Their base may complain loudly and threaten their candidate with desertion. That's almost an election ritual with them. They do it to remind their candidate not to be tempted to tack too close to the center. And it works. But they never really break rank and never intend to. They are too savy to do that.

We, on the other hand, always manage to shoot ourselves in the foot. And unlike them, it's not even over an actual principle.

You just can't argue that Obama is more progressive or Hillary more representative of the base. They are very similar.

I think the less substance the argument has, the more vicious the fight gets because then it's about intangibles like personality. And that feeds emotion rather than logic.

Silence Dogood said...

I wasn't going to comment because I think you managed to cover just about everything that needed to be said, but since you mentioned it:

Who in the heck is Charlotte Allen?

I googled her and aside from the fact that she once went to college and wrote a book no one read, I cannot for the life of me understand why the Washington Post thought either that I would be interested in her banal, poorly-written opinion, or that she was somehow entitled to use their publication as a platform for her opinion. Plus I can't tell if she's purposefully writing at a 7th-grade level because it reinforces her overarching point (to wit: "women are stupid") or if she's just a woman who happens to be stupid, and her thesis is unintentionally ironic. Either way, the fact that I can't tell really bothers me.

Catzmaw said...

I was sad to see Geraldine Ferraro, whom I've always respected, descend into something that sounds like race baiting. What is it with so-called liberals who insist on shoe-horning people into categories and cliques? This highlights the problem I have with the Democratic party, which I have never officially joined, because there is an almost compulsive urge to demand orthodoxy of its members and an equal compulsion to condemn those who disagree for being in one of the "bad" categories.

This is why a pro-life Democrat with sincerely held beliefs and a reason-based opposition to abortion gets condemned as an "anti-choicer anti-woman reactionary". This is why Democrats who may have solid Constitution-based arguments against things like hate-crime legislation or affirmative action or other types of legislation are accused of not believing in civil rights or of hating minorities or of not being real Democrats.

All through 2006 I kept hearing about the big tent and the new willingness of Democrats to cut each other some slack and to promote unity toward common goals, even though there might be disagreement about how to achieve them. Then I see Geraldine Ferraro managing somehow to make Hillary Clinton sound like the pitiful victim of an anti-woman campaign and Obama an undeserving recipient of a pass because he's black. Wow, it speaks volumes.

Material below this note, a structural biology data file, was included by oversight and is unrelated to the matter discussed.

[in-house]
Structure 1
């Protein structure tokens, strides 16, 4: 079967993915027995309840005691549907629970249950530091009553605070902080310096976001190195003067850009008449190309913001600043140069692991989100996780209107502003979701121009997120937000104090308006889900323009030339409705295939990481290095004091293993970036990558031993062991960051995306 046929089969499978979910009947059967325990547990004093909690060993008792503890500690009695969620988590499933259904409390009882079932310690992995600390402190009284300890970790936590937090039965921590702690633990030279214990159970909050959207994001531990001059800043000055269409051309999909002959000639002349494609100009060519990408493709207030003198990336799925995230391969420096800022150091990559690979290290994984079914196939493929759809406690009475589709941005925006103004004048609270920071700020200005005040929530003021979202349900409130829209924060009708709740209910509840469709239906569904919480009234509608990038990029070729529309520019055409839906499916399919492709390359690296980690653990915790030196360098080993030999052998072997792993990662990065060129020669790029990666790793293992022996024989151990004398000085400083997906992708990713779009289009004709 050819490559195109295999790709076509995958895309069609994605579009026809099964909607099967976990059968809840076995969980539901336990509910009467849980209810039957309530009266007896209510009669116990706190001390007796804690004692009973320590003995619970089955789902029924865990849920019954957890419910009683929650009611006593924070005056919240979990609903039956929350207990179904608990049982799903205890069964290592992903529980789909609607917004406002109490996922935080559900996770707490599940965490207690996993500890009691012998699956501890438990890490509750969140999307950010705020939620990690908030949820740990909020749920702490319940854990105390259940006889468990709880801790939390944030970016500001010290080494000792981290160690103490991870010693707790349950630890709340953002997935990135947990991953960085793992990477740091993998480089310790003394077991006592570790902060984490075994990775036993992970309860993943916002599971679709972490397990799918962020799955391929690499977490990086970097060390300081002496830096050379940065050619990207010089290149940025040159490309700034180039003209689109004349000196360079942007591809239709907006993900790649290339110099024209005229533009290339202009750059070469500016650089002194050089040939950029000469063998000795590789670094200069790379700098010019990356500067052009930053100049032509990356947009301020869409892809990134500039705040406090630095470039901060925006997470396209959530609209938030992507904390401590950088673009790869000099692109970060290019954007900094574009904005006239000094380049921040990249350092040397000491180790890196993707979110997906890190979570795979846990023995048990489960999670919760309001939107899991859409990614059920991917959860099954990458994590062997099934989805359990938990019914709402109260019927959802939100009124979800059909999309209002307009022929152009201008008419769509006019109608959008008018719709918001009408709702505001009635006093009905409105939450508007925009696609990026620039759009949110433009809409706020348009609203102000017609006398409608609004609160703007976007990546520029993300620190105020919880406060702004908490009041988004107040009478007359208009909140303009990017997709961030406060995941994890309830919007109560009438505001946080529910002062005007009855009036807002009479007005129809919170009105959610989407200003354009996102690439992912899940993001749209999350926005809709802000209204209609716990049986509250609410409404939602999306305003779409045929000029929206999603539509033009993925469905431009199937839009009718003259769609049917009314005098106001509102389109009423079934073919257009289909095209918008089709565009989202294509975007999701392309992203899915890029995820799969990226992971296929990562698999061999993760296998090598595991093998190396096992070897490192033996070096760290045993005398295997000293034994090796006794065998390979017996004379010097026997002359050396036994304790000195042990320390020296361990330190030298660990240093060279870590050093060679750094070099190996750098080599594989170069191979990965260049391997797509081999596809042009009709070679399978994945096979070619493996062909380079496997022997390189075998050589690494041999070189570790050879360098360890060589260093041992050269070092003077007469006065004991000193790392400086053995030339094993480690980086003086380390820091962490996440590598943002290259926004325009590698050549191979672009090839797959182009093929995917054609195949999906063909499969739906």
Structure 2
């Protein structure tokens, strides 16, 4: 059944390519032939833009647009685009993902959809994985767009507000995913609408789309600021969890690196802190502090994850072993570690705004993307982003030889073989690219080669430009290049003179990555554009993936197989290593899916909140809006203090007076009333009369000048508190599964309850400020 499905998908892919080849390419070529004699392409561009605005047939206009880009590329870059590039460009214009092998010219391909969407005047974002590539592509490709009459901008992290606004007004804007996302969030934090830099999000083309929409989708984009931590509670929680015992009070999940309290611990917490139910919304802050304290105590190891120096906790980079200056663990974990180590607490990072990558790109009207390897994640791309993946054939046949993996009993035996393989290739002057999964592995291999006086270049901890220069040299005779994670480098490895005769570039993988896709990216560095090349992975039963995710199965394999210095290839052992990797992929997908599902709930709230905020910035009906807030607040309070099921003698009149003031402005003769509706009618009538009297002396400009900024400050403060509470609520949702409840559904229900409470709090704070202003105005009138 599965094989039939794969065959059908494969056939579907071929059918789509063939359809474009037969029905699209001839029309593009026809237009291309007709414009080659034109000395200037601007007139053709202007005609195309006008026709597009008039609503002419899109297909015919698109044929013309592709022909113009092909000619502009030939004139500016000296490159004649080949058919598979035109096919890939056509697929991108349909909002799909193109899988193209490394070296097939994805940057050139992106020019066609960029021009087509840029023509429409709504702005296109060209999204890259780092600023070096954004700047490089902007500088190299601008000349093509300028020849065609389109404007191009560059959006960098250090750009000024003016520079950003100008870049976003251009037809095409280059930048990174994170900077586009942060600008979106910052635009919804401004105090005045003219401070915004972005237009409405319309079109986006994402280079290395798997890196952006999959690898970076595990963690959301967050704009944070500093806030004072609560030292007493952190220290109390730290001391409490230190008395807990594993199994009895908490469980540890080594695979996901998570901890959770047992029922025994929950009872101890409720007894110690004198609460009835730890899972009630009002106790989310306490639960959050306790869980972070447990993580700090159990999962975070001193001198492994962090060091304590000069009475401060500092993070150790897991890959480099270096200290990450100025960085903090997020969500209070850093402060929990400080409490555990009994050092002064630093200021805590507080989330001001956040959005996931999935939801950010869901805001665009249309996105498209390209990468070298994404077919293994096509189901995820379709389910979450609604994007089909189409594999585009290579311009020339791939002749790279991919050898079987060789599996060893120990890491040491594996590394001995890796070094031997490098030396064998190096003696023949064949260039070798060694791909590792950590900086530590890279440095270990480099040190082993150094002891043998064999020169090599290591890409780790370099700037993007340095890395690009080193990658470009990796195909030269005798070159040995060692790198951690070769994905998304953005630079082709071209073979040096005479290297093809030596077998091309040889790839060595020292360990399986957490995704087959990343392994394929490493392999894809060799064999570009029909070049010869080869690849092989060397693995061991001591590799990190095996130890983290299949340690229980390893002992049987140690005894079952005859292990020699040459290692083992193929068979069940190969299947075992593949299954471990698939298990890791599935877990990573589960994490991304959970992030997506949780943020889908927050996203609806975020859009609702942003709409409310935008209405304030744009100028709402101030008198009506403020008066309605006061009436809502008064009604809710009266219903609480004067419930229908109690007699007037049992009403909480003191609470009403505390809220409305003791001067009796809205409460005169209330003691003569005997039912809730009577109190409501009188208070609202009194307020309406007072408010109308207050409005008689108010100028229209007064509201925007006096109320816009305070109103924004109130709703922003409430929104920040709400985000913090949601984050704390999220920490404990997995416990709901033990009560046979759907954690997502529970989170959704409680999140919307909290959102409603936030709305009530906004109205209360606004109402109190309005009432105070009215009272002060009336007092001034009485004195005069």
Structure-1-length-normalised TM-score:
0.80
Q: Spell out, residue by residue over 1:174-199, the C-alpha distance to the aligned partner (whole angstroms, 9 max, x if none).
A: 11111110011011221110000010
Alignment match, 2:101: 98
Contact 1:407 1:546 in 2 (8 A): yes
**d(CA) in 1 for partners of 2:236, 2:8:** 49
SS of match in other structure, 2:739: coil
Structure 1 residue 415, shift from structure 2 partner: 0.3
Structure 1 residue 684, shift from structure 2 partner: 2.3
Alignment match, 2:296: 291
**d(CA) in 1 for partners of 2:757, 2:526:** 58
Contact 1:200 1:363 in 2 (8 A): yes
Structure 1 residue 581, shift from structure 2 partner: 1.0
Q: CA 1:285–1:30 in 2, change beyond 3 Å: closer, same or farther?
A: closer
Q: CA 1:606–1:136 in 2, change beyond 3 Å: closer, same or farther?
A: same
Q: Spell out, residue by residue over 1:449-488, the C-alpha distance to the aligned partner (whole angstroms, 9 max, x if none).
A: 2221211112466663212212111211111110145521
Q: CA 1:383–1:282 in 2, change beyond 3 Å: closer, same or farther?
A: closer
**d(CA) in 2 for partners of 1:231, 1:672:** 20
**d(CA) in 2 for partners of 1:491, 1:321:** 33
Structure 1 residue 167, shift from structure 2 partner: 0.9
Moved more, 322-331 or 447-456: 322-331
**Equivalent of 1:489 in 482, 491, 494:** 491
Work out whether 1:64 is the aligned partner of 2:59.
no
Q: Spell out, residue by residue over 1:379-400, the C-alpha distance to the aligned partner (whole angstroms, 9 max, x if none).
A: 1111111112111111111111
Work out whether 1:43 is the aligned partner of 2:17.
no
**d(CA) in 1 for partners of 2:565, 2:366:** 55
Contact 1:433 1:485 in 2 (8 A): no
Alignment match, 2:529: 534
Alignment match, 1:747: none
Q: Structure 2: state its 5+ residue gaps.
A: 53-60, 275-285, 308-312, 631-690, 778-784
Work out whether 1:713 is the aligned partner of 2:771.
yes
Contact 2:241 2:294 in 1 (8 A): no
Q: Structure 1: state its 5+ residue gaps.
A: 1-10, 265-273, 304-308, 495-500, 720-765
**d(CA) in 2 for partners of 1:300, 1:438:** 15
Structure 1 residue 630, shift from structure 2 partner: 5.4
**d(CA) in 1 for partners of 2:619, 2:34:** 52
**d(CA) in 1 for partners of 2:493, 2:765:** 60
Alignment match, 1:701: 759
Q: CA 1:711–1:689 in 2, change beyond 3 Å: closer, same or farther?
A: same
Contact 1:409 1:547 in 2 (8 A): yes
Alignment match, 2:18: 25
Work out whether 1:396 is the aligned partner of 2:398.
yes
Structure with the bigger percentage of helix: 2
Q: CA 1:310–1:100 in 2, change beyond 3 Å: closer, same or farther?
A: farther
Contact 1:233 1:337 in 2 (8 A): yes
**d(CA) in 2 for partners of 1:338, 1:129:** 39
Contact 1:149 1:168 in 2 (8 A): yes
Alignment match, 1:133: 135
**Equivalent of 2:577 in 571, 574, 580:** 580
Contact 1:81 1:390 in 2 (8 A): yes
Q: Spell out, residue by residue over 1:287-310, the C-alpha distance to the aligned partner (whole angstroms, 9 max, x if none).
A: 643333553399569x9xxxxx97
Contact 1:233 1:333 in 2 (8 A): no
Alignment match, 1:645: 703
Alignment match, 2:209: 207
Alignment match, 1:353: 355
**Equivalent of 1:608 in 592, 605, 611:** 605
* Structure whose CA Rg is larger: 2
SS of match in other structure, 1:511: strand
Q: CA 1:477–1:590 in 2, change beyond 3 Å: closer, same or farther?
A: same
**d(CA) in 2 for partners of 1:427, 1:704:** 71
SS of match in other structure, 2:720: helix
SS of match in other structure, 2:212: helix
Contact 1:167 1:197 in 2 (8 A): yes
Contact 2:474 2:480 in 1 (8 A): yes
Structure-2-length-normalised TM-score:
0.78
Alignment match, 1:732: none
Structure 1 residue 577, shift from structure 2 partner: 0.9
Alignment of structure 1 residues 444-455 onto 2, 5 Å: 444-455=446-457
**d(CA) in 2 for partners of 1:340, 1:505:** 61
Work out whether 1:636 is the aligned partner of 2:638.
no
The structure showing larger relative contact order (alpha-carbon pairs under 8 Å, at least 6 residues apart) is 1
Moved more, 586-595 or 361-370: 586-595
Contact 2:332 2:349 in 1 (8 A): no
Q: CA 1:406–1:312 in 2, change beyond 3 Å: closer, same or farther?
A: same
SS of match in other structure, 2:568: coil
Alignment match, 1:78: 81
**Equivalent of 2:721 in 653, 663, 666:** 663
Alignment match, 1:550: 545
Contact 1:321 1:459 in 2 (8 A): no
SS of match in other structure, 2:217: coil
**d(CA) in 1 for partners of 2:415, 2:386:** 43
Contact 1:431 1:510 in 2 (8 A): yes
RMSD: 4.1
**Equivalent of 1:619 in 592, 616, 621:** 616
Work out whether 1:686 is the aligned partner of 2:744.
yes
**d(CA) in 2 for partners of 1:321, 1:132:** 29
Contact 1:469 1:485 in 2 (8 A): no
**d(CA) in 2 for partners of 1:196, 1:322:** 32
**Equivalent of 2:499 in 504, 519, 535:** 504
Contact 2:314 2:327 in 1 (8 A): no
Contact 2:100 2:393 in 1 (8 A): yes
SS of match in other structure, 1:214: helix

From my perspective Hillary isn't being attacked for being a woman. She's strong to the point of stridency, she plays hardball hard enough to be accused of overdoing it, and she's hampered by her extensive time in Washington. Does anyone buy that she's being attacked just because she's a woman? The same goes for Obama. Does anyone believe it's only white guilt and black chauvinism which has catapulted him so far? It has nothing to do with his intelligence, his charisma, his message? You're right, Geraldine Ferraro has got to distance herself from the campaign.

Anonymous said...

This is all just very very sad.
Ms. Ferraro seems to have forgotten those who said she was on the ticket with Mondale was solely because she was a woman.
Seems some people never learn and even more just don't get it.

Julia said...

I voted for Ferraro, but bluntly I thought at the time and still do that she wasn't properly vetted because they thought an italian catholic woman from a northeastern state was going to help them. I find it really difficult to believe that a male candidate would have even tried to say that he had no idea about his wife's finances and it was none of anybody's business.

So no, I really don't think she should have gone there.

spotter said...

"Our lives begin to end the day we become silent about things that matter." ~ Martin Luther King, Jr.

This is way beyond sad. It's outrageous, it's deliberate, it's a betrayal of all that the Democratic party supposedly stands for. Hillary Clinton should pack it in now, before she further embarrasses herself and those around her.

Isophorone said...

The ticket on which Geraldine Ferraro ran in 1984 wouldn't have done so well if she weren't a woman! LOL

It is interesting reading all your comments. From my perspective, all I can really say is that you all have brought the identity politics upon yourselves. That and you have excused the nastiness of the Clintons' campaigning for so long, it has come home to roost.